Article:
- Whenever the elected officials or staff of a municipality change, there is risk that key knowledge about the municipality will be lost with the departure of the individuals. The members of an environmental advisory council provide an additional repository of institutional knowledge to guard against such losses.
- EACs may help elected officials communicate with the public on important issues.
- EACs may rally people around a project, getting individuals to volunteer their time or donate money.
- A multi-municipal EAC may provide an important means for promoting intergovernmental cooperation.
- EAC members occasionally run for public office and become elected officials, making for better understanding of natural resource conservation issues within the governing body.
What Don’t EACs Do?
- An environmental advisory council does not make land use and other regulatory decisions. They may only advise on regulatory matters.
- EACs do not take the place of nor should they compete with planning commissions or park and recreation boards; rather they can closely work with them and constructively augment their efforts.
- EACs are not independent environmental advocacy groups. They are part of the local government and generally will be most effective when they maintain positive and productive working relationships with other municipal officials.
Starting an EAC
The impetus for establishing an environmental advisory council varies by the municipality: a citizen or group of citizens may be concerned about an environmental matter in the community and approach municipal officials about creating an EAC to remedy the situation, or one or more elected or appointed officials or staff of the municipality may first identify the value in establishing one.
Regardless, elected officials will need to have some understanding of what an environmental advisory council is and what it entails before they are willing to establish one. And community leaders and residents won’t be able to support the EAC’s creation or volunteer to serve on the EAC without some understanding of an EAC’s purpose and function. The amount of education needed or desired will vary by municipality and circumstances.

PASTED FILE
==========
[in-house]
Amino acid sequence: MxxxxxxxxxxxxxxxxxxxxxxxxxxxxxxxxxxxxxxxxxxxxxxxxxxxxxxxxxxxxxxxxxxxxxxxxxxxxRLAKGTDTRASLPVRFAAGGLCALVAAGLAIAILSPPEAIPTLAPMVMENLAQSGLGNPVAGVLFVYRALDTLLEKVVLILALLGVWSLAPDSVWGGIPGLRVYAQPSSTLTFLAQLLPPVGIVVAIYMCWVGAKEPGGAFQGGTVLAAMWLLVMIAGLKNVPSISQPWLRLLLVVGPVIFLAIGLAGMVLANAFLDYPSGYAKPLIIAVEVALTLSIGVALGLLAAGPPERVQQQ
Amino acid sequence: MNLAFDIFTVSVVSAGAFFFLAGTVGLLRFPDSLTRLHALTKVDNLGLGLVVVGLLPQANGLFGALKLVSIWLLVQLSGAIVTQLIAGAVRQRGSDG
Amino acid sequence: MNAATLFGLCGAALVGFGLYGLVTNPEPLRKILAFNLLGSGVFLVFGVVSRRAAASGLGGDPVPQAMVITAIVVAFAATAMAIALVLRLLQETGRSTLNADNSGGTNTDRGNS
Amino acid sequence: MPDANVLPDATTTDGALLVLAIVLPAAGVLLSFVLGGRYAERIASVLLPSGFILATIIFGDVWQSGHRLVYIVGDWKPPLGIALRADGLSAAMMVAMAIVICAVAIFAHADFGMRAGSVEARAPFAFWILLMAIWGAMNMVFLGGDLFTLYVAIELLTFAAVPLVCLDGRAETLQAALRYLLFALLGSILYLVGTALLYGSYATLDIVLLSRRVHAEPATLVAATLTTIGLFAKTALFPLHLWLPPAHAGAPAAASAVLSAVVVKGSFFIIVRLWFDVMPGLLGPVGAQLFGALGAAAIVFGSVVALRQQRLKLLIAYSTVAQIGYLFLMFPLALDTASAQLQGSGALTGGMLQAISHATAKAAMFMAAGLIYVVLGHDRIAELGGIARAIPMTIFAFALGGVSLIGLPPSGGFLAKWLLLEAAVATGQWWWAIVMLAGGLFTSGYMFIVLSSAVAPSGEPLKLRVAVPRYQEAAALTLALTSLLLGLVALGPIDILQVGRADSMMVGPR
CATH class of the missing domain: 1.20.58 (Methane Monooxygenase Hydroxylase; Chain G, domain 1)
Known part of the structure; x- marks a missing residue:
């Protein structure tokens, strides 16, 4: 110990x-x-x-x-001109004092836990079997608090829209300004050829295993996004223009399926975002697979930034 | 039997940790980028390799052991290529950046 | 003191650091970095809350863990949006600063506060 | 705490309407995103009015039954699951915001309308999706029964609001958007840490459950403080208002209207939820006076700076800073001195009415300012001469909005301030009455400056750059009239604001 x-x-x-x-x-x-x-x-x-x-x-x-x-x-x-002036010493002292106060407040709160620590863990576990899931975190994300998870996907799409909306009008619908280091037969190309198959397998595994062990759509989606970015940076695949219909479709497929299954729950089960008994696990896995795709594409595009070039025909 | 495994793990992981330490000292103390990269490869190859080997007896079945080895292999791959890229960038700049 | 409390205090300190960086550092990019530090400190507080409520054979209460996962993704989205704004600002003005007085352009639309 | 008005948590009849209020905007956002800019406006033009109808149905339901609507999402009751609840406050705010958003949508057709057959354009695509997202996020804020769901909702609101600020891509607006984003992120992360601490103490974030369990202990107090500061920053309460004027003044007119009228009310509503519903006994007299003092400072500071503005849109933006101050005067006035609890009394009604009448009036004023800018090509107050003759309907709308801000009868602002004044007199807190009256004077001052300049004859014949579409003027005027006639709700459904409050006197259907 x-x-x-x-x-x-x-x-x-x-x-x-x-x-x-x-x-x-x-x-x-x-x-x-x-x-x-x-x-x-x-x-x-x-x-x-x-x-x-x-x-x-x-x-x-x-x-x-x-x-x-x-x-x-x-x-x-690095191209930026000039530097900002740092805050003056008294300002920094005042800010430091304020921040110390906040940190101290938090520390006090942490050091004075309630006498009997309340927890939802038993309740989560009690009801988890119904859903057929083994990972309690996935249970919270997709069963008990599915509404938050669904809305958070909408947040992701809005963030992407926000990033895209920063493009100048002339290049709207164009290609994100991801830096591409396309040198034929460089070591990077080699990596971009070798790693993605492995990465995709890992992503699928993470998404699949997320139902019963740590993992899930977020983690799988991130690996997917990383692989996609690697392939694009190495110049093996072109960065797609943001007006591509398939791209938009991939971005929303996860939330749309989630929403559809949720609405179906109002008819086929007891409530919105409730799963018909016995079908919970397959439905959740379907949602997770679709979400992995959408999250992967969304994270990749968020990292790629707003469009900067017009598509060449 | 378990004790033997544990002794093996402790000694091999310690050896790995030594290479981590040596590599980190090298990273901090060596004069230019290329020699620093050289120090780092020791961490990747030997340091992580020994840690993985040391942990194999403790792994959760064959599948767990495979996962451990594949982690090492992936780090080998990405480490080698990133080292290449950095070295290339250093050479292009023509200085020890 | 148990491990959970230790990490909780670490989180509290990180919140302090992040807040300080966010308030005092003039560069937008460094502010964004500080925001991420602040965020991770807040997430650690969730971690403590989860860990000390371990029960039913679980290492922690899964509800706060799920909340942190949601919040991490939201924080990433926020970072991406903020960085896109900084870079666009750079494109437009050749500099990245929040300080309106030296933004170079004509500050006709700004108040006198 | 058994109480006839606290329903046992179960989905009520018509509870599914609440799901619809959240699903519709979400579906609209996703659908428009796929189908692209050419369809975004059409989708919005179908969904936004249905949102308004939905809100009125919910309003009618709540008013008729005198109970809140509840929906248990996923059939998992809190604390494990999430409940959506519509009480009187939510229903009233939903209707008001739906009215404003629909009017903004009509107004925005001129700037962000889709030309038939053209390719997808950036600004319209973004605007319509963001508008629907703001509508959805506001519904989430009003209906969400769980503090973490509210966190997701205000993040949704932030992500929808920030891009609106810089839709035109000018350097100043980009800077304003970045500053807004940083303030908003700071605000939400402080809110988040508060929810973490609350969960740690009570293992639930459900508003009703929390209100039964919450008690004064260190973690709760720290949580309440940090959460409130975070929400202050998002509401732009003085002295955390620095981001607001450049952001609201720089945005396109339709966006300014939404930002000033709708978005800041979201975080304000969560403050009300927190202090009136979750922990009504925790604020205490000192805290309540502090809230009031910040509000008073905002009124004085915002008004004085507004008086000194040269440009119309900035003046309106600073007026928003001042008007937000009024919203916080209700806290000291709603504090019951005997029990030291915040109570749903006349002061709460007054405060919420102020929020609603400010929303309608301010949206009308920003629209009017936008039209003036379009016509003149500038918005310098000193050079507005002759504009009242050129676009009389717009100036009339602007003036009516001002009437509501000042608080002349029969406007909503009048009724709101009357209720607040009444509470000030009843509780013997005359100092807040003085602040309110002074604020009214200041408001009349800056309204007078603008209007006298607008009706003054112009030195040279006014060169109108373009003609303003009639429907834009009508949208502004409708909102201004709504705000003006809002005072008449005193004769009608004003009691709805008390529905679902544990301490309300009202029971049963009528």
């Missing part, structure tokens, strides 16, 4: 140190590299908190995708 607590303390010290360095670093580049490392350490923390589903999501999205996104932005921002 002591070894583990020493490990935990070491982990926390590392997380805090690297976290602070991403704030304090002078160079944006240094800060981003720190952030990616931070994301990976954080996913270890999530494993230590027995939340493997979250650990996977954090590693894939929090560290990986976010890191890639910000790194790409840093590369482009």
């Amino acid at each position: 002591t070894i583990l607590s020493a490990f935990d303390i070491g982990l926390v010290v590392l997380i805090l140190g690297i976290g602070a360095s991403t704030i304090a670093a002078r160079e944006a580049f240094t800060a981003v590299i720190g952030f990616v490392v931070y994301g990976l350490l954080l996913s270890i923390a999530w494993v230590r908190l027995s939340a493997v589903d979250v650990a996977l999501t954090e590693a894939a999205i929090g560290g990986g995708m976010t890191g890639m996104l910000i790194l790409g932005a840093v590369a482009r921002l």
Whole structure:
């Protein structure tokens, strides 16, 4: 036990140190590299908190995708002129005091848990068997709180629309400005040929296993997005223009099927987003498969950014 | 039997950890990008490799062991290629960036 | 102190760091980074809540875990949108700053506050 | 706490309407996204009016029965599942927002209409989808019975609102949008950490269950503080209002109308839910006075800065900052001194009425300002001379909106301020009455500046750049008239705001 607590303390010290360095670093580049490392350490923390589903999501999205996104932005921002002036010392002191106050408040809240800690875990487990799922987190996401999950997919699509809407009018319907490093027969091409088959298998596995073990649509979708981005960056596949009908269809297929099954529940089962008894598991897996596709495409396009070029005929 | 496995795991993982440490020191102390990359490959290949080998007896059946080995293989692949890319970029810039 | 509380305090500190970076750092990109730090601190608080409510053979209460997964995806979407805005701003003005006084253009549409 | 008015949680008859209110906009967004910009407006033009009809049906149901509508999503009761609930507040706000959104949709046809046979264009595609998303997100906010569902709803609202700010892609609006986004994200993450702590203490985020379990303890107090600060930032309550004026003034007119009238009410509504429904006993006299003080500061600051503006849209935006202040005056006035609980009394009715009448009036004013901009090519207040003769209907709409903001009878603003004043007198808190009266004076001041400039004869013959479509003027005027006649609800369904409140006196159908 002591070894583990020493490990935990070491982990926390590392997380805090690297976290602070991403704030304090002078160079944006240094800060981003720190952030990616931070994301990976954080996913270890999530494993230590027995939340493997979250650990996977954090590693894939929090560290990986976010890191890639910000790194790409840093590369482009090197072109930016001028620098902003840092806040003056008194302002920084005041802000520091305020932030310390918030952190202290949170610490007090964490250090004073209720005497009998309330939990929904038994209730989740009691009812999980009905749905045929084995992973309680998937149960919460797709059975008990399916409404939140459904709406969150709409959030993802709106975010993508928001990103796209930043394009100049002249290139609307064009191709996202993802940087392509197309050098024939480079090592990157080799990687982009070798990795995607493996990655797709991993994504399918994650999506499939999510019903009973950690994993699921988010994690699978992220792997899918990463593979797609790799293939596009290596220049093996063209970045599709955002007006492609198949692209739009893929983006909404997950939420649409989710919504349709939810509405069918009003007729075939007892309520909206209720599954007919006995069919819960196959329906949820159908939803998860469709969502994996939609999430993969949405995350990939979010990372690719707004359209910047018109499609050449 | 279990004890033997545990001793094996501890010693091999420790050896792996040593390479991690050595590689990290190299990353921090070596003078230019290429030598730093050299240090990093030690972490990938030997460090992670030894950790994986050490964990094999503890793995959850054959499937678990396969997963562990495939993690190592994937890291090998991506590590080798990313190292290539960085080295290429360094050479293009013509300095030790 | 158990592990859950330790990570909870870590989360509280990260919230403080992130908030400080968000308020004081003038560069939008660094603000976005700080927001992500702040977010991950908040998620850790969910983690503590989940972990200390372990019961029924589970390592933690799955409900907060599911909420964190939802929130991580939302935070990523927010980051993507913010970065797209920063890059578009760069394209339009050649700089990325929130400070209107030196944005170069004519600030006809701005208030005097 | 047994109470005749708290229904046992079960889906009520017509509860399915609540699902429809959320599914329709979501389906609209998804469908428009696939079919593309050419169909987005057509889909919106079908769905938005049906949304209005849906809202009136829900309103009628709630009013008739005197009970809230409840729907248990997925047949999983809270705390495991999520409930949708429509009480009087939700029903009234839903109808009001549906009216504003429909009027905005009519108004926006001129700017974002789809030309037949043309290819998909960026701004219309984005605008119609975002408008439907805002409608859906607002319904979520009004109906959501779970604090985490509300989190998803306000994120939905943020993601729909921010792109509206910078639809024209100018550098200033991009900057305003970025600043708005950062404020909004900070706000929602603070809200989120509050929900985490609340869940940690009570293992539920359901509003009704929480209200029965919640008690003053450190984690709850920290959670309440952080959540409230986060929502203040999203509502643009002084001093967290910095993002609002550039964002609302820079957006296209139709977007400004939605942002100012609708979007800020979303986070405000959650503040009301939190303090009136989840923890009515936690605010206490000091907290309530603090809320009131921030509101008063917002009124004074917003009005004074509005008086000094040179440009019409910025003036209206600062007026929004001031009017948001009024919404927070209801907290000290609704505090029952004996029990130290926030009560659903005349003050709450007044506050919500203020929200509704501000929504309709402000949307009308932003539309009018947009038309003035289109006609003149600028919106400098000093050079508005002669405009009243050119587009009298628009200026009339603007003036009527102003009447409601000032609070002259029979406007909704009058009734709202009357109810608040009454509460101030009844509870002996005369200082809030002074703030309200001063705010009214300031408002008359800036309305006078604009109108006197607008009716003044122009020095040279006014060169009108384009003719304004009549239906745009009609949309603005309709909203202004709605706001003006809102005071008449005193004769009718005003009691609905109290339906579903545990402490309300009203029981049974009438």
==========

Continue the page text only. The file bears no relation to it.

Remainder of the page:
Once the municipality’s governing body has agreed that the creation of an EAC is appropriate, it establishes the EAC by ordinance. WeConservePA posts a sampling of ordinances in its online library.
Once the ordinance is passed, elected officials may select and approve three to seven members for the EAC, who serve without compensation and are appointed to staggered three-year terms. Elected officials also appoint one of these members as the EAC chair. In the case of multi-municipal EACs, each participating municipality appoints an equal number of members to serve on the council, and the council itself selects the chair.
The municipality may advertise for EAC members through a newsletter, website, posted notice, etc., and accept applications. Members are not required by law to have any particular expertise, but strong candidates for membership might include hydrologists, biologists, landscape architects, engineers, attorneys, professors, teachers, and other knowledgeable residents who are willing to volunteer to improve their community.
Act 148 enables (but does not require) local governments to appropriate funds for the operation of EACs to cover administrative, clerical, printing, and legal service costs. The amount of the appropriation is to be determined by the local governing body.
In addition to general appropriations, EACs may also operate with support from grants or other monies that they may raise.
The EAC is responsible for developing a set of bylaws to guide the council’s organization and operation. WeConservePA posts a sampling of bylaws in its online library.
Elected officials may fear that if they establish an EAC, it could be taken over by radicals. In this case it is helpful to remind the elected officials that only they have the power to appoint EAC members, and that as an advisory body, the EAC only works if its recommendations achieve the respect and support of municipal officials. As such, EAC members have strong motivation to be deliberate in their work and maintain good communications with elected officials.